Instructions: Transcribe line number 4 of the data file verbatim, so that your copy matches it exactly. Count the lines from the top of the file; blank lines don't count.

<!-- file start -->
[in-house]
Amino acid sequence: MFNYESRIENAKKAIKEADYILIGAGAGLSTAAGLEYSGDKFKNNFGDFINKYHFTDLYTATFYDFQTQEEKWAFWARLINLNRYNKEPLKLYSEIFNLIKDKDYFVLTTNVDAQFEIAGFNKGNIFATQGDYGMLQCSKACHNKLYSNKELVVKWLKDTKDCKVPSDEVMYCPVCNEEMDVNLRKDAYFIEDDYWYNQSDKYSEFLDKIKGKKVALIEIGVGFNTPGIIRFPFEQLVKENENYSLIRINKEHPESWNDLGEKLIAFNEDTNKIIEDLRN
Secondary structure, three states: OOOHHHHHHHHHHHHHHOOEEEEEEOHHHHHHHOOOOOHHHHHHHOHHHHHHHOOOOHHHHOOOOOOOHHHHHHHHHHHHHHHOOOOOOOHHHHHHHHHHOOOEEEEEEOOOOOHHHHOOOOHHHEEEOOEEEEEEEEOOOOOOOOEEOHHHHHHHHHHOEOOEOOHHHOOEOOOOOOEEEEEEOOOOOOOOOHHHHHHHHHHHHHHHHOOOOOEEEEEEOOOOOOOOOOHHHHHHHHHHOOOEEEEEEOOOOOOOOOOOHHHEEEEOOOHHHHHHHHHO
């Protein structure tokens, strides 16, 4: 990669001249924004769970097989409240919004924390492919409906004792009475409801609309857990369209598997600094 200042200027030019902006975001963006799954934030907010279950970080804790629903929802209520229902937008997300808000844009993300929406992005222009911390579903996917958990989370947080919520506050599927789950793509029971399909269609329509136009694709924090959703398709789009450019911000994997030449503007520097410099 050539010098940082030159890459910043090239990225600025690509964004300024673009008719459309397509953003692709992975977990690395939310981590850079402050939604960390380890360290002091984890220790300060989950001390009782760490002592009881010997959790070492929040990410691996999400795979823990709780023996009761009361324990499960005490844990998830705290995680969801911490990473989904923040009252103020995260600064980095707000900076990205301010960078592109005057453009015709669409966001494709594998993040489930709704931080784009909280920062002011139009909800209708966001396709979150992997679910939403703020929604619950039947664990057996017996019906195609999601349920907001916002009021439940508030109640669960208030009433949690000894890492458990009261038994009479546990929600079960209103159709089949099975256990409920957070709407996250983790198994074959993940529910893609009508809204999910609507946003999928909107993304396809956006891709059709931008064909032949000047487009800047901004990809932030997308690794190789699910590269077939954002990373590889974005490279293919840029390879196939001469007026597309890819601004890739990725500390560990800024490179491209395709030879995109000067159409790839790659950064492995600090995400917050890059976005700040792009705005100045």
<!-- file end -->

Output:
């Protein structure tokens, strides 16, 4: 990669001249924004769970097989409240919004924390492919409906004792009475409801609309857990369209598997600094 200042200027030019902006975001963006799954934030907010279950970080804790629903929802209520229902937008997300808000844009993300929406992005222009911390579903996917958990989370947080919520506050599927789950793509029971399909269609329509136009694709924090959703398709789009450019911000994997030449503007520097410099 050539010098940082030159890459910043090239990225600025690509964004300024673009008719459309397509953003692709992975977990690395939310981590850079402050939604960390380890360290002091984890220790300060989950001390009782760490002592009881010997959790070492929040990410691996999400795979823990709780023996009761009361324990499960005490844990998830705290995680969801911490990473989904923040009252103020995260600064980095707000900076990205301010960078592109005057453009015709669409966001494709594998993040489930709704931080784009909280920062002011139009909800209708966001396709979150992997679910939403703020929604619950039947664990057996017996019906195609999601349920907001916002009021439940508030109640669960208030009433949690000894890492458990009261038994009479546990929600079960209103159709089949099975256990409920957070709407996250983790198994074959993940529910893609009508809204999910609507946003999928909107993304396809956006891709059709931008064909032949000047487009800047901004990809932030997308690794190789699910590269077939954002990373590889974005490279293919840029390879196939001469007026597309890819601004890739990725500390560990800024490179491209395709030879995109000067159409790839790659950064492995600090995400917050890059976005700040792009705005100045």